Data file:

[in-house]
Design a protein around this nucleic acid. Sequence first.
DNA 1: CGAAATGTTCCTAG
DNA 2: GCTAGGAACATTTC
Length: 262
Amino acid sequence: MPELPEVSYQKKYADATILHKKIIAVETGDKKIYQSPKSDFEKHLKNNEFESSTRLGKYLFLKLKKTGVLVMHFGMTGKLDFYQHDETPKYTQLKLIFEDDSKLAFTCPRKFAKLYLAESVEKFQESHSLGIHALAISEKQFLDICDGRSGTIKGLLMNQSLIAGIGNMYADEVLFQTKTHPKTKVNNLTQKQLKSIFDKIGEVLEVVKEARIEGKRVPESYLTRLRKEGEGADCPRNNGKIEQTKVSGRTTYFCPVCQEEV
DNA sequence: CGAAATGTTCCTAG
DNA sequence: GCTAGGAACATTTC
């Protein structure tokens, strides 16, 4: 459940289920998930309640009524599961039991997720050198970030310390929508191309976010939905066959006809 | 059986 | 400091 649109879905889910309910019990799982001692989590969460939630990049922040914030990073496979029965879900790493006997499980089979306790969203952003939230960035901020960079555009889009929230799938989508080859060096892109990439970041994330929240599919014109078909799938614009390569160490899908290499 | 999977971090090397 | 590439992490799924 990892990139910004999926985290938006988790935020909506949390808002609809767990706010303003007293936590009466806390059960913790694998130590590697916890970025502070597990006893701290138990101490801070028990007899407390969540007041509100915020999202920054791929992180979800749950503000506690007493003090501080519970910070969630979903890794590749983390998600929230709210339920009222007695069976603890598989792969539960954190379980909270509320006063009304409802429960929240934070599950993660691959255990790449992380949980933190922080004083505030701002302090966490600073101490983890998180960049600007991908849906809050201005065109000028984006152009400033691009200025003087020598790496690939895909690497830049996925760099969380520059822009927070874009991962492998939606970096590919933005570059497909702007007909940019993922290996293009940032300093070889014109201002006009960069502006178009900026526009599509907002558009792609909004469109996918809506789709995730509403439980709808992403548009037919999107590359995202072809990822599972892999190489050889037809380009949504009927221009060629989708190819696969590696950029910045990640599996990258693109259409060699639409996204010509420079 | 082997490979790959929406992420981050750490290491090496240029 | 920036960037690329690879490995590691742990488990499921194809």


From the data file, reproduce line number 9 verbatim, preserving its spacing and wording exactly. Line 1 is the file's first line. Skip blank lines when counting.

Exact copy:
């Protein structure tokens, strides 16, 4: 459940289920998930309640009524599961039991997720050198970030310390929508191309976010939905066959006809 | 059986 | 400091 649109879905889910309910019990799982001692989590969460939630990049922040914030990073496979029965879900790493006997499980089979306790969203952003939230960035901020960079555009889009929230799938989508080859060096892109990439970041994330929240599919014109078909799938614009390569160490899908290499 | 999977971090090397 | 590439992490799924 990892990139910004999926985290938006988790935020909506949390808002609809767990706010303003007293936590009466806390059960913790694998130590590697916890970025502070597990006893701290138990101490801070028990007899407390969540007041509100915020999202920054791929992180979800749950503000506690007493003090501080519970910070969630979903890794590749983390998600929230709210339920009222007695069976603890598989792969539960954190379980909270509320006063009304409802429960929240934070599950993660691959255990790449992380949980933190922080004083505030701002302090966490600073101490983890998180960049600007991908849906809050201005065109000028984006152009400033691009200025003087020598790496690939895909690497830049996925760099969380520059822009927070874009991962492998939606970096590919933005570059497909702007007909940019993922290996293009940032300093070889014109201002006009960069502006178009900026526009599509907002558009792609909004469109996918809506789709995730509403439980709808992403548009037919999107590359995202072809990822599972892999190489050889037809380009949504009927221009060629989708190819696969590696950029910045990640599996990258693109259409060699639409996204010509420079 | 082997490979790959929406992420981050750490290491090496240029 | 920036960037690329690879490995590691742990488990499921194809």